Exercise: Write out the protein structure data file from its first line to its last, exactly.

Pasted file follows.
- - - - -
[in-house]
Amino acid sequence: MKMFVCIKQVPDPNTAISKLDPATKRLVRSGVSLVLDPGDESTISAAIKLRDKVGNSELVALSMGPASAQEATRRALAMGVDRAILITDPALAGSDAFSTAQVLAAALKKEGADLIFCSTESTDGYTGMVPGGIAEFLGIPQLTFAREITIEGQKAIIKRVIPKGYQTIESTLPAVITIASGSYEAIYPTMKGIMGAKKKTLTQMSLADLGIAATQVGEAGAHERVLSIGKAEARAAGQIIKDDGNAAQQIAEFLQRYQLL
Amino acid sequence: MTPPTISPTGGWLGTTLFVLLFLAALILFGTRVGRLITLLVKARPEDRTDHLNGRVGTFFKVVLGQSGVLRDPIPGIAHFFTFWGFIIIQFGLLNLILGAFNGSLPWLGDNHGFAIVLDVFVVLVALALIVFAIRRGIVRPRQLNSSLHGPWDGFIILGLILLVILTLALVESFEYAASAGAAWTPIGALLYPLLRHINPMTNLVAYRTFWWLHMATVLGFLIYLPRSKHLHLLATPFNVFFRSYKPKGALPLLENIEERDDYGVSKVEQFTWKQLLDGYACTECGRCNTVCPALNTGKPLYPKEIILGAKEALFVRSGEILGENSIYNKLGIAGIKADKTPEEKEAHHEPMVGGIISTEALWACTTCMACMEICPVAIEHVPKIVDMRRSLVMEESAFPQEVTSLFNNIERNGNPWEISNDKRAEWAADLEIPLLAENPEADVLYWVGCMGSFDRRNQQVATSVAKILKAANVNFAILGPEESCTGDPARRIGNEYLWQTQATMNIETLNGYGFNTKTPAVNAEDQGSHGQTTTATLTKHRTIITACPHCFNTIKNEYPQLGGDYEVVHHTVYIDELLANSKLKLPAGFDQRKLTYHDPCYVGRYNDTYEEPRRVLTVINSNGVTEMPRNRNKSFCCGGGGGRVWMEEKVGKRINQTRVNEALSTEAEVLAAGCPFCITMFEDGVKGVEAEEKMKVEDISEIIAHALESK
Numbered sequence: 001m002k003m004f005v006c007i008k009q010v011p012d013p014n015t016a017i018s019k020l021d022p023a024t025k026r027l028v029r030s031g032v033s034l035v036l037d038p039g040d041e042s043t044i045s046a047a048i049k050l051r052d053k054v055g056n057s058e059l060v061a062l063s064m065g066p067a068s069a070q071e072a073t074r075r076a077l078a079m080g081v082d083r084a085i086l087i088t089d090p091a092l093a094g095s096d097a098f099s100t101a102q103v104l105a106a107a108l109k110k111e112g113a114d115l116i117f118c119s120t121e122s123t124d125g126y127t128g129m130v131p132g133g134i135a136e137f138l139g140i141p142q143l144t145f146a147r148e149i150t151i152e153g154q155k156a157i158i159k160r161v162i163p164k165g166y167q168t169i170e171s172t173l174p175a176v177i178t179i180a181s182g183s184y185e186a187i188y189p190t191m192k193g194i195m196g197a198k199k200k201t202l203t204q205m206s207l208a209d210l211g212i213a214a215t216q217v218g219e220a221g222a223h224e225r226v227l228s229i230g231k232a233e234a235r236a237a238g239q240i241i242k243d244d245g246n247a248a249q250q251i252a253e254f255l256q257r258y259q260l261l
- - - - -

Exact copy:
[in-house]
Amino acid sequence: MKMFVCIKQVPDPNTAISKLDPATKRLVRSGVSLVLDPGDESTISAAIKLRDKVGNSELVALSMGPASAQEATRRALAMGVDRAILITDPALAGSDAFSTAQVLAAALKKEGADLIFCSTESTDGYTGMVPGGIAEFLGIPQLTFAREITIEGQKAIIKRVIPKGYQTIESTLPAVITIASGSYEAIYPTMKGIMGAKKKTLTQMSLADLGIAATQVGEAGAHERVLSIGKAEARAAGQIIKDDGNAAQQIAEFLQRYQLL
Amino acid sequence: MTPPTISPTGGWLGTTLFVLLFLAALILFGTRVGRLITLLVKARPEDRTDHLNGRVGTFFKVVLGQSGVLRDPIPGIAHFFTFWGFIIIQFGLLNLILGAFNGSLPWLGDNHGFAIVLDVFVVLVALALIVFAIRRGIVRPRQLNSSLHGPWDGFIILGLILLVILTLALVESFEYAASAGAAWTPIGALLYPLLRHINPMTNLVAYRTFWWLHMATVLGFLIYLPRSKHLHLLATPFNVFFRSYKPKGALPLLENIEERDDYGVSKVEQFTWKQLLDGYACTECGRCNTVCPALNTGKPLYPKEIILGAKEALFVRSGEILGENSIYNKLGIAGIKADKTPEEKEAHHEPMVGGIISTEALWACTTCMACMEICPVAIEHVPKIVDMRRSLVMEESAFPQEVTSLFNNIERNGNPWEISNDKRAEWAADLEIPLLAENPEADVLYWVGCMGSFDRRNQQVATSVAKILKAANVNFAILGPEESCTGDPARRIGNEYLWQTQATMNIETLNGYGFNTKTPAVNAEDQGSHGQTTTATLTKHRTIITACPHCFNTIKNEYPQLGGDYEVVHHTVYIDELLANSKLKLPAGFDQRKLTYHDPCYVGRYNDTYEEPRRVLTVINSNGVTEMPRNRNKSFCCGGGGGRVWMEEKVGKRINQTRVNEALSTEAEVLAAGCPFCITMFEDGVKGVEAEEKMKVEDISEIIAHALESK
Numbered sequence: 001m002k003m004f005v006c007i008k009q010v011p012d013p014n015t016a017i018s019k020l021d022p023a024t025k026r027l028v029r030s031g032v033s034l035v036l037d038p039g040d041e042s043t044i045s046a047a048i049k050l051r052d053k054v055g056n057s058e059l060v061a062l063s064m065g066p067a068s069a070q071e072a073t074r075r076a077l078a079m080g081v082d083r084a085i086l087i088t089d090p091a092l093a094g095s096d097a098f099s100t101a102q103v104l105a106a107a108l109k110k111e112g113a114d115l116i117f118c119s120t121e122s123t124d125g126y127t128g129m130v131p132g133g134i135a136e137f138l139g140i141p142q143l144t145f146a147r148e149i150t151i152e153g154q155k156a157i158i159k160r161v162i163p164k165g166y167q168t169i170e171s172t173l174p175a176v177i178t179i180a181s182g183s184y185e186a187i188y189p190t191m192k193g194i195m196g197a198k199k200k201t202l203t204q205m206s207l208a209d210l211g212i213a214a215t216q217v218g219e220a221g222a223h224e225r226v227l228s229i230g231k232a233e234a235r236a237a238g239q240i241i242k243d244d245g246n247a248a249q250q251i252a253e254f255l256q257r258y259q260l261l